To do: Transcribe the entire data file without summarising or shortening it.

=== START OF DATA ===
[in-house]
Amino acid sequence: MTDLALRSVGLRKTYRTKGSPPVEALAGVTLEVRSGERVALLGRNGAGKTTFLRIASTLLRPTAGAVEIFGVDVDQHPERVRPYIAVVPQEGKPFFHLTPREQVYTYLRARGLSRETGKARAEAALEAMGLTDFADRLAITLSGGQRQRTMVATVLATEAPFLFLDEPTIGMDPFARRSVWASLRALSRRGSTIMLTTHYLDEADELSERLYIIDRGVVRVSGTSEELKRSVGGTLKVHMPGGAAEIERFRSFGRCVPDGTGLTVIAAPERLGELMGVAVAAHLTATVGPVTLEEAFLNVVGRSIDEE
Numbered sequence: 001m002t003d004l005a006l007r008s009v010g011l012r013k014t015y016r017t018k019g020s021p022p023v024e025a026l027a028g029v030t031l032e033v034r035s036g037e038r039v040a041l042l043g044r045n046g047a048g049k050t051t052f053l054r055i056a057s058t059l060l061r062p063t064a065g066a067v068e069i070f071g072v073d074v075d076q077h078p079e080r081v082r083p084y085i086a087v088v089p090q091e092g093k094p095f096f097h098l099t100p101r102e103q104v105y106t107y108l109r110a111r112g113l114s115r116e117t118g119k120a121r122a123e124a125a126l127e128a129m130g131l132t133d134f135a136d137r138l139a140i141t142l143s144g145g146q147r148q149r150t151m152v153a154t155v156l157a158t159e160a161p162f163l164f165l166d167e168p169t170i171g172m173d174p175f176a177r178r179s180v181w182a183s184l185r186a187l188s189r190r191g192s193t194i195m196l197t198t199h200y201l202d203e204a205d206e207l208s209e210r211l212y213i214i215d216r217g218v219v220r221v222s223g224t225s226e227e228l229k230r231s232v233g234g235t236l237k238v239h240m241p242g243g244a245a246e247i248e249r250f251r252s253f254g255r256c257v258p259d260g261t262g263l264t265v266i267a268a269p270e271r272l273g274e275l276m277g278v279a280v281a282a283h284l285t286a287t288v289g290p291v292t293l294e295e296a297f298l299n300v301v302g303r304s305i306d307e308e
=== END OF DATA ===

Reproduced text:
[in-house]
Amino acid sequence: MTDLALRSVGLRKTYRTKGSPPVEALAGVTLEVRSGERVALLGRNGAGKTTFLRIASTLLRPTAGAVEIFGVDVDQHPERVRPYIAVVPQEGKPFFHLTPREQVYTYLRARGLSRETGKARAEAALEAMGLTDFADRLAITLSGGQRQRTMVATVLATEAPFLFLDEPTIGMDPFARRSVWASLRALSRRGSTIMLTTHYLDEADELSERLYIIDRGVVRVSGTSEELKRSVGGTLKVHMPGGAAEIERFRSFGRCVPDGTGLTVIAAPERLGELMGVAVAAHLTATVGPVTLEEAFLNVVGRSIDEE
Numbered sequence: 001m002t003d004l005a006l007r008s009v010g011l012r013k014t015y016r017t018k019g020s021p022p023v024e025a026l027a028g029v030t031l032e033v034r035s036g037e038r039v040a041l042l043g044r045n046g047a048g049k050t051t052f053l054r055i056a057s058t059l060l061r062p063t064a065g066a067v068e069i070f071g072v073d074v075d076q077h078p079e080r081v082r083p084y085i086a087v088v089p090q091e092g093k094p095f096f097h098l099t100p101r102e103q104v105y106t107y108l109r110a111r112g113l114s115r116e117t118g119k120a121r122a123e124a125a126l127e128a129m130g131l132t133d134f135a136d137r138l139a140i141t142l143s144g145g146q147r148q149r150t151m152v153a154t155v156l157a158t159e160a161p162f163l164f165l166d167e168p169t170i171g172m173d174p175f176a177r178r179s180v181w182a183s184l185r186a187l188s189r190r191g192s193t194i195m196l197t198t199h200y201l202d203e204a205d206e207l208s209e210r211l212y213i214i215d216r217g218v219v220r221v222s223g224t225s226e227e228l229k230r231s232v233g234g235t236l237k238v239h240m241p242g243g244a245a246e247i248e249r250f251r252s253f254g255r256c257v258p259d260g261t262g263l264t265v266i267a268a269p270e271r272l273g274e275l276m277g278v279a280v281a282a283h284l285t286a287t288v289g290p291v292t293l294e295e296a297f298l299n300v301v302g303r304s305i306d307e308e